PHILADELPHIA (Legal Newsline) - Nearly 6,000 asbestos cases in the Multidistrict Litigation court against shipowner defendants have been dismissed.
On March 12, U.S. District Judge Eduardo Robreno who presides at the Eastern District of Pennsylvania granted 5,974 personal jurisdiction motions in cases transferred from the Northern District of Ohio.
Robreno stated that according to federal rules, personal jurisdiction over non-resident defendants is provided under the law of the state in which the district court sits, which would be Ohio in this case.
He added that the plaintiffs failed to show by a "preponderance of evidence" that the MDL court has personal jurisdiction over the defendants.
A total of 6,267 shipowner defendants filed motions to dismiss, but the 293 defendants alleging improper service of process were denied dismissal.
The plaintiffs are jointly represented by Jaques Admiralty Law Firm in Detroit and Motley Rice LLC of Mt. Pleasant, S.C.
A majority of the defendants are represented by Thompson Hine LLP of Cleveland, which can account for 5,728 of the motions to dismiss.
Robreno stated that documents submitted were nearly identical to those in connection with motions in the Bartel case, in which the judge held that it did not have personal jurisdiction because Ohio does not recognize general jurisdiction. However, plaintiffs in this case allege "new" evidence arguing that defendants waived their lack of personal jurisdiction defense.
Robreno addresses the new evidence specifically in his opinion.
"Because the plaintiffs' complaints did not make jurisdictional allegations about any of the shipowner defendants' specific activities that allegedly caused injury to the plaintiffs, this court found that there was no personal jurisdiction over the defendants," Robreno wrote.
The court also ruled that the defendants in Bartel did not waive their lack of personal jurisdiction defense because they consistently raised the defense throughout the litigation, and did not participate in the litigation of their own volition.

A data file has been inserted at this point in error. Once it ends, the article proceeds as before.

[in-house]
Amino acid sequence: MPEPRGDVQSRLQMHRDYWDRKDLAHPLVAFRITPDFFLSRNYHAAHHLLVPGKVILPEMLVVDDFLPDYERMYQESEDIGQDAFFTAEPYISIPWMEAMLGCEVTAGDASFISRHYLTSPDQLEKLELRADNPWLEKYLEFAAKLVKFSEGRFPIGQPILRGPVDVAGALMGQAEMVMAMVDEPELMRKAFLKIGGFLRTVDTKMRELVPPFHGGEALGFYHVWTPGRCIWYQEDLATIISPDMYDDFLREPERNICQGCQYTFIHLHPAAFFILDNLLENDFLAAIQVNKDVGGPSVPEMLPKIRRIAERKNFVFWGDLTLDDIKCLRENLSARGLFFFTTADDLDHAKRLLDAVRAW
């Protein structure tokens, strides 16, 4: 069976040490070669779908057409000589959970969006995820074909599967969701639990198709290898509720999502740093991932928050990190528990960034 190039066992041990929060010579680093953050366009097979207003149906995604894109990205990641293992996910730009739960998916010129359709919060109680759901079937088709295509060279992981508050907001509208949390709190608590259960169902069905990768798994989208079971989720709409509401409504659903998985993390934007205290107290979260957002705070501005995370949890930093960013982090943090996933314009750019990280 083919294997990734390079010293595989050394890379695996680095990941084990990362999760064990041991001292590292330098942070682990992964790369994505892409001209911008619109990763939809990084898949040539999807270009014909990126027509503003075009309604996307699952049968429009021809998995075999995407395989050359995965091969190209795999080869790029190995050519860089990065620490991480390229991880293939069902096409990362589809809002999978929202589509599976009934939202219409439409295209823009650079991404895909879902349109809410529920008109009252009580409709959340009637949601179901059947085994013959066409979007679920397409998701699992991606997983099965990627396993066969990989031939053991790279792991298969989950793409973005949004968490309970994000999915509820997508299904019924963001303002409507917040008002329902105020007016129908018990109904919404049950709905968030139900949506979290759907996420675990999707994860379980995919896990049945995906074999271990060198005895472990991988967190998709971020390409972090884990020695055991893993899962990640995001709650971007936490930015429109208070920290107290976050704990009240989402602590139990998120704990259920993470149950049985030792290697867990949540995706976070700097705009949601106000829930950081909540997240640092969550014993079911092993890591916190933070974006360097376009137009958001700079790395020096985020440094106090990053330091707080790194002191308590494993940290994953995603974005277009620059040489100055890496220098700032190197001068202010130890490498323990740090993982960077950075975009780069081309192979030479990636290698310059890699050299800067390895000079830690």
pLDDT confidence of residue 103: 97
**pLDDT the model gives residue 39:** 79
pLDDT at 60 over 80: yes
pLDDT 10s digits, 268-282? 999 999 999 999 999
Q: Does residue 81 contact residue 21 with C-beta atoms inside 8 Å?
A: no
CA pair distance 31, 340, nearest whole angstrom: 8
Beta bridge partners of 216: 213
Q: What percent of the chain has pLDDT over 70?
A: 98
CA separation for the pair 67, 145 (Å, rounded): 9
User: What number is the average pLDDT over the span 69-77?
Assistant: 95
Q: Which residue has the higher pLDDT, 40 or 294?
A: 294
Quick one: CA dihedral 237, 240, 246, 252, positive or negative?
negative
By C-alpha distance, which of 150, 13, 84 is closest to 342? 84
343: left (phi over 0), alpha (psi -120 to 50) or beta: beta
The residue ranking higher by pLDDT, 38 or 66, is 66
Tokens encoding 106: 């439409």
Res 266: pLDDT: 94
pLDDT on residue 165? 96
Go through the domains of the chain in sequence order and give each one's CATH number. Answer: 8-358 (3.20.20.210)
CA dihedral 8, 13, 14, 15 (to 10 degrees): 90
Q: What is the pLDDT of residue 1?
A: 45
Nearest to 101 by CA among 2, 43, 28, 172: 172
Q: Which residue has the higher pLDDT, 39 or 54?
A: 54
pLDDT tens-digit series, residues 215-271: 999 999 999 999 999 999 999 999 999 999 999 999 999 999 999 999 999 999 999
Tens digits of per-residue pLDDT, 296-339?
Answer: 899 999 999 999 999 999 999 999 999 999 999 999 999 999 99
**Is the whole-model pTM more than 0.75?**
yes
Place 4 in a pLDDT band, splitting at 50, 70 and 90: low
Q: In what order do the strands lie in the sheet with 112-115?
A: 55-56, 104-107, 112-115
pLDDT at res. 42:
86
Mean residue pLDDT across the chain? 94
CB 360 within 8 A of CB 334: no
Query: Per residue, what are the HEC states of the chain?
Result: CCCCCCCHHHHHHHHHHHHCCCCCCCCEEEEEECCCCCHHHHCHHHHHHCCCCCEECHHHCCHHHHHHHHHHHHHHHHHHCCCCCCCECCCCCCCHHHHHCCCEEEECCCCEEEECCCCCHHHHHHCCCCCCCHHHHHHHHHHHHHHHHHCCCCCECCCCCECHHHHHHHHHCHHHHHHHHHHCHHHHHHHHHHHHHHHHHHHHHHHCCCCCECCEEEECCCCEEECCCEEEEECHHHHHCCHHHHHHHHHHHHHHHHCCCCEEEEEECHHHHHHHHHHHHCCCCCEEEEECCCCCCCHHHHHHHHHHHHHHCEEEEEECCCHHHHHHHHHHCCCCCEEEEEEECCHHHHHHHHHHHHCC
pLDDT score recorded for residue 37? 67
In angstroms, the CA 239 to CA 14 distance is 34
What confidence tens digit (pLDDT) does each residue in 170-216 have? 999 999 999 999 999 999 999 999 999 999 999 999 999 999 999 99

In fact, they raised the defense as early as 1987 when the cases were still in the Northern District of Ohio.
"Moreover, defendants' motions to dismiss have routinely been denied without prejudice as they have been ordered to participate in the litigation prior to the disposition of these motions on the merits," Robreno wrote.
"'Essentially, defendants are now, for the first time since 1989, being given the chance to argue the issue of personal jurisdiction before the court."
Also, the shipowner defendants in Bartel did not intend to waive the defense despite filing answers. In their answers, they specifically stated that they were filing answers under protest pending review by Judge Thomas Lambros' decision to transfer rather than dismiss the case.
Accordingly, the defendants' motions to dismiss based on lack of personal jurisdiction were granted.
As for the plaintiffs' new evidence, the plaintiffs again assert that by filing answers, the defendants in these cases waived jurisdiction.
However, the defendants responded that the answers were filed with the defense of lack of personal jurisdiction intact.
Robreno stated in his opinion that this is not new evidence and "does not tip the scale in favor of the plaintiffs' arguments."
The claimants also submitted a portion of defense law firm Thompson Hine's response from Bartel, which stated: